“We’re continuing to build on our partnerships to have similar results across all homeless populations,” she said.

The numbers are based partly on a “point in time” census taken once a year, when officials spread out across Tulsa to literally count every homeless person they can find, visiting shelters, as wells searching alleys and underpasses. This year’s census was taken Jan. 24, when officials counted 1,188 homeless individuals, a 9.7% increase over the year before.

The city’s homeless population that night included 659 people in emergency shelters, 225 in transitional housing and 296 on the streets, according to the Community Service Council. The number of homeless children more than doubled from 131 in January 2018 to 288 this past January, including 19 children living on the streets.

While conducting the count, officials also take a survey to determine what needs the homeless have, beyond housing. This year, transportation topped the list, along with health care, dental care and food.

“This year, I noticed that the interactions with individuals facing homelessness was met with less resistance and appeared to feel more like a trusting conversation,” said Melanie Stewart-Goldman, LCSW, VA Homeless & CWT program manager and new chair for A Way Home for Tulsa. “I attribute this shift to the partnership with Night Light and to the rapport-building skills and consistency of the community outreach teams.”

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'Born to be a teacher': 20 Under 2 list recognizes McClure first-grade teacher as one of top novice teachers in Oklahoma

Jeremy Britt has been teaching only a couple years, but his success in the classroom already is being recognized.

Britt, a first-grade teacher at McClure Elementary, was sifting through his inbox in May when he spotted an email that caught him off guard. The message was from the Teaching and Leading Initiative of Oklahoma, and it claimed he’d been nominated for its 20 Under 2 list as one of the state’s top novice teachers.

Seeing as he had never heard of the organization or the list, Britt didn’t know how to respond.

But this was no hoax. The same principal who encouraged him to become emergency certified because she believed he was a natural teacher also ended up submitting his name for 20 Under 2, which celebrates high-performing educators at the start of their careers.

“It was definitely affirming that I was doing the right thing, that I belonged here,” Britt said.

Twenty novice teachers from across the state are featured in the Teaching and Leading Initiative of Oklahoma’s inaugural 20 Under 2 list. The Tulsa-based nonprofit was launched in 2018 through a start-up grant from the Walton Family Foundation in response to the teacher shortage and seeks to help school districts better support educators in their first and second year.

The idea for 20 Under 2 came from a perceived dearth of recognition for teachers entering the profession, especially those with emergency certification. In many districts, beginning teachers are unable to qualify for teacher of the year.

One of the main reasons teachers resign — outside of low pay — is due to inadequate support, said Joanna Lein, the organization’s executive director. One of five new teachers reportedly leave after their first year, while only about half remain after five years.

Although there’s no award system in place for now, Lein said the list is all about recognition.

“Often our teachers who are new are really undervalued because of their lack of experience,” she said, “so we wanted to highlight that new teachers are getting it done, and they’re getting it done well.”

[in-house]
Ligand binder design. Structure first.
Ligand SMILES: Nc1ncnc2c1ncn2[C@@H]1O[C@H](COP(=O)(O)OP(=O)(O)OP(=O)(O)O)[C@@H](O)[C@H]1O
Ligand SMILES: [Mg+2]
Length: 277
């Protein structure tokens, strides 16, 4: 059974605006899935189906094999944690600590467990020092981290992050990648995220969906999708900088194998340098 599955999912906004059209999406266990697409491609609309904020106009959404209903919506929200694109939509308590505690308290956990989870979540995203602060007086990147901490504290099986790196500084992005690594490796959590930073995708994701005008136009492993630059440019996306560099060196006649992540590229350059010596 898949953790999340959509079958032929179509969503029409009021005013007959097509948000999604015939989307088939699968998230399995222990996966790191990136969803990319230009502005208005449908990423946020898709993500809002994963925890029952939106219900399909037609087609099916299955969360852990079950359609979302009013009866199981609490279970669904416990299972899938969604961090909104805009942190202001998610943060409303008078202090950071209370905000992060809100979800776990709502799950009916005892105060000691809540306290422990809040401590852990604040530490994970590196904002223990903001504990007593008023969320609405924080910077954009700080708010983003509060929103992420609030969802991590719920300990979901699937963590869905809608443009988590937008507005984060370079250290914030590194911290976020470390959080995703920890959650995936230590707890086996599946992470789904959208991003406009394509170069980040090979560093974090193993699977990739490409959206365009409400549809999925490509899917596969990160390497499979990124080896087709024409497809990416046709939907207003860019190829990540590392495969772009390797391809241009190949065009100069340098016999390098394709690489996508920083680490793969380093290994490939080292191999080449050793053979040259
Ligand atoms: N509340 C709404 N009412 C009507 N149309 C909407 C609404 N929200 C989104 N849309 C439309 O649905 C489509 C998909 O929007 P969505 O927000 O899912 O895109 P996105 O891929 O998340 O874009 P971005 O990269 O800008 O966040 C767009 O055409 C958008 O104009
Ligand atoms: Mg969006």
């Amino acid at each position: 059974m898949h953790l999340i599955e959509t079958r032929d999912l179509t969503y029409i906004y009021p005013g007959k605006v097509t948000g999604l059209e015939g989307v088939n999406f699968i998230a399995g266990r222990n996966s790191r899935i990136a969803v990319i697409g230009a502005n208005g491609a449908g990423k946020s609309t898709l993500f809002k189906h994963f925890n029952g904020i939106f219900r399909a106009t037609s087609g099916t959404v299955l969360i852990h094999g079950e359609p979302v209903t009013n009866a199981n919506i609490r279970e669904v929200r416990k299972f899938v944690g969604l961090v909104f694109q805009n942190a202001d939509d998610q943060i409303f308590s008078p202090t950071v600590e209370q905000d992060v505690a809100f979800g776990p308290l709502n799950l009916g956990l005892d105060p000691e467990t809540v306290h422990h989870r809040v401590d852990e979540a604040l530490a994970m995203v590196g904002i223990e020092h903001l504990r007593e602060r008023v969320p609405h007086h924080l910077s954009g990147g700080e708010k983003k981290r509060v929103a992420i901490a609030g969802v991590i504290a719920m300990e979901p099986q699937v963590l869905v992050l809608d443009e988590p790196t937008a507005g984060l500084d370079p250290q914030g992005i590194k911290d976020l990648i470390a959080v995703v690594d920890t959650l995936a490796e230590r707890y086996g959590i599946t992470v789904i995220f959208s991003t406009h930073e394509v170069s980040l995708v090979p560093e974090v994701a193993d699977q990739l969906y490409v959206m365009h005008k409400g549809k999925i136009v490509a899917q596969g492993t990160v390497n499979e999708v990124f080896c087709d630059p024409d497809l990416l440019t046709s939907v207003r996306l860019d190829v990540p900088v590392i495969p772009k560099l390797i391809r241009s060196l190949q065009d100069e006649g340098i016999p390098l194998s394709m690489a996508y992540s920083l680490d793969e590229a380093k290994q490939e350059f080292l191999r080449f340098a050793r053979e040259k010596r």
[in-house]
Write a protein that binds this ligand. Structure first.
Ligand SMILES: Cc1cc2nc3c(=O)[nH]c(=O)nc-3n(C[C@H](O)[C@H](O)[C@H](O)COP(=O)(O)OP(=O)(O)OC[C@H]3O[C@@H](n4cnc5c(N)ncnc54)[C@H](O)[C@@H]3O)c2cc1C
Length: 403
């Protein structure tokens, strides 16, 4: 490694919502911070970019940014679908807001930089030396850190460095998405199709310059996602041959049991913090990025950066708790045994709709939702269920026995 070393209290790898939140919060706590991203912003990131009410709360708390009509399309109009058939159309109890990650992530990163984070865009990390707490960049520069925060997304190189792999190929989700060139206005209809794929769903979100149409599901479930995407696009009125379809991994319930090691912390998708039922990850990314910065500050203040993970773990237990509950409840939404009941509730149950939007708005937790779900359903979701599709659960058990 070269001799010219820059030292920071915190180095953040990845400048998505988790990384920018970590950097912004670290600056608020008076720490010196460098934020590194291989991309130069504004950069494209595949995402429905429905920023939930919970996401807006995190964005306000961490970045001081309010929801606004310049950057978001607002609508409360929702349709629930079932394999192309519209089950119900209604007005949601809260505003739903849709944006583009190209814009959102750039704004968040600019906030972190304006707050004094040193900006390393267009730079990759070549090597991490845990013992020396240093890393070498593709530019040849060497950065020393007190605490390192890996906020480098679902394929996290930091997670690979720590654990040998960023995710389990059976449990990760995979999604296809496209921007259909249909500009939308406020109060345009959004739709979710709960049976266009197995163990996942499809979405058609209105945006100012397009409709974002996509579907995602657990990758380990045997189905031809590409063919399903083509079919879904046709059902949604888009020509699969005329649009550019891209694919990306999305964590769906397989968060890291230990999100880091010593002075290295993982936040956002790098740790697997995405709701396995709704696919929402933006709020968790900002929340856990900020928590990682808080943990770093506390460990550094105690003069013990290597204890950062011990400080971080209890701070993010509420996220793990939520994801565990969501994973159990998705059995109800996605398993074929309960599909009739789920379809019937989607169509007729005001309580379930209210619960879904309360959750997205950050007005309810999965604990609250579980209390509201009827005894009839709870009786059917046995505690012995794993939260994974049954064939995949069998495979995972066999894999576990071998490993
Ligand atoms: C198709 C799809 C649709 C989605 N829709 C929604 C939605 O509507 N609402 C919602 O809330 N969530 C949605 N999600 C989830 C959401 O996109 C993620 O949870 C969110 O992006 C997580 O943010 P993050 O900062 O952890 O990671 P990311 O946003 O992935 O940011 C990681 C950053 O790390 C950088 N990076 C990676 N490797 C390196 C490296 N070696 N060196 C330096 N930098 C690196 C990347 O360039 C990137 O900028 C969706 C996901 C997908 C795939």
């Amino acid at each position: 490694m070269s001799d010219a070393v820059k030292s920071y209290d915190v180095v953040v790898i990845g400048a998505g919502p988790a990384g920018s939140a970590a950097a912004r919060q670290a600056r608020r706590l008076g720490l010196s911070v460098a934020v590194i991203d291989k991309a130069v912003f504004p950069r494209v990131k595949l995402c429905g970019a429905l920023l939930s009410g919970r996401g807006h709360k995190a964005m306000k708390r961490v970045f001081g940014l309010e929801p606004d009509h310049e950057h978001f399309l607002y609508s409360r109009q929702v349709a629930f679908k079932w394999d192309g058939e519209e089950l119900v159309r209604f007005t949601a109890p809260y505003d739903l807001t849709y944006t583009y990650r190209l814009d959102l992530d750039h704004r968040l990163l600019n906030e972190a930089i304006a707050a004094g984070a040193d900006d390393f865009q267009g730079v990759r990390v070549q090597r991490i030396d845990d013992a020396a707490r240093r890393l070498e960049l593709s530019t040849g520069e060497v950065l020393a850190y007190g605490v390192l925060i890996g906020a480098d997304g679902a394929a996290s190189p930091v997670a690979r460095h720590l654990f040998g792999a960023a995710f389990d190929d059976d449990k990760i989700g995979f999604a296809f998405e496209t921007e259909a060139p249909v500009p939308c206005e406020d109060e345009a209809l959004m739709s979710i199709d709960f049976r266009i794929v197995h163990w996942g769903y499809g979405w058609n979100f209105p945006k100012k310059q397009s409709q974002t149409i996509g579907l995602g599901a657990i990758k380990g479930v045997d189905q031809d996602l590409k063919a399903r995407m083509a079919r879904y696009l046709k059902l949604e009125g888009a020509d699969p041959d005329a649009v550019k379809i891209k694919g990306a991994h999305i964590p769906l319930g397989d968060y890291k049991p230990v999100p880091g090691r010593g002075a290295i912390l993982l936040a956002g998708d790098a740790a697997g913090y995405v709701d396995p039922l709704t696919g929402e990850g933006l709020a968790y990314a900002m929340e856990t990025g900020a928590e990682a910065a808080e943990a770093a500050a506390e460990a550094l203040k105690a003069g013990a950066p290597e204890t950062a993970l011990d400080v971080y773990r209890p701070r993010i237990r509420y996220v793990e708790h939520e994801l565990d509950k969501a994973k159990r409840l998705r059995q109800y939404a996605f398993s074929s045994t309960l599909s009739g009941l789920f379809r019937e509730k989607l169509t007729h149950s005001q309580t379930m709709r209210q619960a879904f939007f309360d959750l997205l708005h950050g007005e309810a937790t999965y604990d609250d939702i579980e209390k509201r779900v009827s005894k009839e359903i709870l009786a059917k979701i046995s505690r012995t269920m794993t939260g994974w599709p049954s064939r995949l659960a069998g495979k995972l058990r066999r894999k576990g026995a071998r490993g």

The organization received nearly 200 nominations from Oklahoma schools of up-and-coming novice teachers after details about the 20 Under 2 list spread on social media. A committee then narrowed the list to 20 educators who had a measurable impact on student achievement.

Before starting his teaching career in the 2017-18 school year, Britt volunteered at McClure through the Reading Partners program. The experience made him realize how much he loved being in a classroom and helping students reach their potential.

McClure Principal Katy Jimenez, in need of filling a vacancy, approached him about becoming a teacher after recognizing his abilities. The opportunity allowed Jimenez to bolster her staff and Britt to live out a dream he had only just discovered.

“I absolutely love it,” Britt said. “It’s a great experience, just building relationships with the kids and working with them on setting their own goals and celebrating their success when they reach those goals.”

Jimenez said she nominated Britt for 20 Under 2 in part because she was amazed at how quickly he learned the intricacies of teaching and leading a classroom filled with kids compared to most emergency-certified teachers.

He’s progressed faster, she said, than some with traditional certification.

“I thought it was really spectacular that someone who came to us in a nontraditional way was able to be so successful just out of the training he had from Reading Partners and his sheer desire to serve children,” Jimenez said. “He was just born to be a teacher.”

The number of emergency-certified teachers in Oklahoma has skyrocketed in recent years. State public schools hired 3,038 nonaccredited teachers in 2018-19, a 54% increase from the previous year. The state education board on Thursday approved another 818 emergency certifications, including 180 for Tulsa Public Schools.

Jimenez believes Britt and others who are emergency certified will be instrumental in stabilizing classrooms at McClure, which has suffered from a high teacher turnover since before the shortage.

She said she appreciates the 20 Under 2 list for recognizing the work of novice teachers and motivating them to continue improving.

“I think it really changes the narrative of what it means to be a successful teacher,” Jimenez said. “It doesn’t have to come 30 years in when you have a long list of accomplishments. It just comes with who you are and who you have chosen to bring to the table as your authentic self.”